Reforming the tax system.
The existing tax system allows apparent anomalies like Amazon to happen and is in need of reform. It was developed in a world of physical goods and in-person services before the arrival of the internet and before it was appreciated that businesses could be totally mobile.

It might now seem fairer that taxes should be levied wherever the money is made. That generally means at the point of sale. A straightforward tax on turnover would not be equitable because many businesses would be unable to pay unless and until they were profitable. Such a law would kill many businesses before they had started.

Perhaps a fairer system would be to calculate the worldwide profits of multinationals and then assume that the percentage of profit made in each country is the same as the percentage of sales generated in each country. For example, if Amazon’s worldwide profits were US$1 million and 10% of its sales came from the UK, then US$100,000 of Amazon’s worldwide profits would taxed in the UK at UK rates. Does that seem fair?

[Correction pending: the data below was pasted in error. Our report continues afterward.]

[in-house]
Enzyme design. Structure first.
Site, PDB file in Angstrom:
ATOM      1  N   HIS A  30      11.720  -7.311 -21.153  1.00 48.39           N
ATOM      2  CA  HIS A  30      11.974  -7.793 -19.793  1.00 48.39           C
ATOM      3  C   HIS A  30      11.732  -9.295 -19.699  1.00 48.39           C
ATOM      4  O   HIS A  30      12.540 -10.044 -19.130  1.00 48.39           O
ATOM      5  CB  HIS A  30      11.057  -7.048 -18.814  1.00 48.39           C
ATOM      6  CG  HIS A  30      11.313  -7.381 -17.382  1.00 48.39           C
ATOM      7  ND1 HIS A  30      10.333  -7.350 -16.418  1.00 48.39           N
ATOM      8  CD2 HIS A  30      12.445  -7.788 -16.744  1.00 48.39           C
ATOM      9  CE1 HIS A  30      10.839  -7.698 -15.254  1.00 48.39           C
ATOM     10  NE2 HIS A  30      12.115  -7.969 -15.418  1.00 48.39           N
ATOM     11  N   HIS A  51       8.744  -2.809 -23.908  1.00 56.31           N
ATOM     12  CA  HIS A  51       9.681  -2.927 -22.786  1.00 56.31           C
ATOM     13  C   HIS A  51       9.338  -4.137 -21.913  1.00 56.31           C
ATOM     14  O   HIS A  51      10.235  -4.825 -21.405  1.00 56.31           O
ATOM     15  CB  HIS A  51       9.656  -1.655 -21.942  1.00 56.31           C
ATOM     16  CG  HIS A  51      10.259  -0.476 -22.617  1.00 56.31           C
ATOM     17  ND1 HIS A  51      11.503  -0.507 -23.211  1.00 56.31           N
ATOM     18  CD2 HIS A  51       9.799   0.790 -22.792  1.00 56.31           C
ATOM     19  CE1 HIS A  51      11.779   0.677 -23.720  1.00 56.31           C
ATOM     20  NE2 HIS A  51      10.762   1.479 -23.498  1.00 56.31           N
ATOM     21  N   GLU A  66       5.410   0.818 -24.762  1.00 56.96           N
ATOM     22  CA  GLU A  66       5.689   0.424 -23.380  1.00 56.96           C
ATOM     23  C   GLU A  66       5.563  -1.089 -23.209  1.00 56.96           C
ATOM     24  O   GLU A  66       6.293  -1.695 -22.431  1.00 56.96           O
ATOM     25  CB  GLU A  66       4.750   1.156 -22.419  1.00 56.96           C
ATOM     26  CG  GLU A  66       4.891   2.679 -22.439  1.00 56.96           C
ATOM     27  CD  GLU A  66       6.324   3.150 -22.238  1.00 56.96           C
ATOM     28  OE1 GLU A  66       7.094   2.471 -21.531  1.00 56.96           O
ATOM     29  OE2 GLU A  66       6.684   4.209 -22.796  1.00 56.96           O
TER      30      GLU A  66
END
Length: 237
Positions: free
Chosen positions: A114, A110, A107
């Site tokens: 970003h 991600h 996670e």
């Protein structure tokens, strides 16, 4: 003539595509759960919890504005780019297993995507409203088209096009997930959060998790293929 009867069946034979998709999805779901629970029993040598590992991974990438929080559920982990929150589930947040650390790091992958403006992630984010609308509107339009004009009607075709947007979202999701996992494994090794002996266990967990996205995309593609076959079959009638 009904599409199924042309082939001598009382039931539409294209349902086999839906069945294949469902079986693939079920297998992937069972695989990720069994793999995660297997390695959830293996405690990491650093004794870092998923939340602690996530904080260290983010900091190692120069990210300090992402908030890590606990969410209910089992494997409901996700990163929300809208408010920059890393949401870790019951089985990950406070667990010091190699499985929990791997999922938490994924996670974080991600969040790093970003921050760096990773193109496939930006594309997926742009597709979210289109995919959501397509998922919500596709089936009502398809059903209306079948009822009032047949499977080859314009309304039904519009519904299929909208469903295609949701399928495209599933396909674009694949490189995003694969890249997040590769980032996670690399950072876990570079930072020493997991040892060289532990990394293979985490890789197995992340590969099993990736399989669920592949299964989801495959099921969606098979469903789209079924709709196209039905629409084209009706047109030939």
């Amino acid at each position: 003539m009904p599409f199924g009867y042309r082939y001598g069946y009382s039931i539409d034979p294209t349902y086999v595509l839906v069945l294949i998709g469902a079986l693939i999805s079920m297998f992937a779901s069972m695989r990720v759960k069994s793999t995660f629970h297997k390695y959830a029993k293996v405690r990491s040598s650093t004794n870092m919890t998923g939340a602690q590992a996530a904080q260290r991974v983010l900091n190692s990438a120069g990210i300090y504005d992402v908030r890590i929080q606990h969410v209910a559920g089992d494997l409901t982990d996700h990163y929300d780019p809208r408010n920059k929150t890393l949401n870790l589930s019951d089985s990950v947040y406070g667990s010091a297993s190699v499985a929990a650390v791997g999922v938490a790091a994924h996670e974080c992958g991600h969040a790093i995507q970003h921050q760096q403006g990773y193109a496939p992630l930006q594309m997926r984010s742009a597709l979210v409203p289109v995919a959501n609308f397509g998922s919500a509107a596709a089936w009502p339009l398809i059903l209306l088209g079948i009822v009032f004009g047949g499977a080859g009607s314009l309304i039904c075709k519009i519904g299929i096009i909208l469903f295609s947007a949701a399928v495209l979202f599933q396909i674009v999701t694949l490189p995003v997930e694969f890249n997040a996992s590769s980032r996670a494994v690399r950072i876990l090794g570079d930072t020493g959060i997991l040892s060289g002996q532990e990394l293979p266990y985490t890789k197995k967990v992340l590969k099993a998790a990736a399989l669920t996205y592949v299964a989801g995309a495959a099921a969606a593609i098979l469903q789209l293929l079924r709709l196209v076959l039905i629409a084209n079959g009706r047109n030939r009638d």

Are tax authorities getting more aggressive and less rational?
Yes they are. Just consider the trouble that sportspeople like Messi, Ronaldo, Mourinho and Alonso have got into in Spain. They all sought to reduce taxes in Spain by assigning their image rights to a foreign company. If they opened a supermarket in Germany, for example, their fees would be paid to the company rather than to themselves directly. There would be no tax payable in Spain on those amounts.

The Spanish tax department – the Ministerio de Hacienda – contended that it should have received tax on those payments and prosecuted the individuals on the basis that they had illegally avoided tax. It did not cite any section of the tax law that had been infringed. Instead, the basis of its case was that the company that owned the image rights did not really exist and therefore that the money should be treated as belonging to the individual. This is an extremely unusual argument with no basis in law.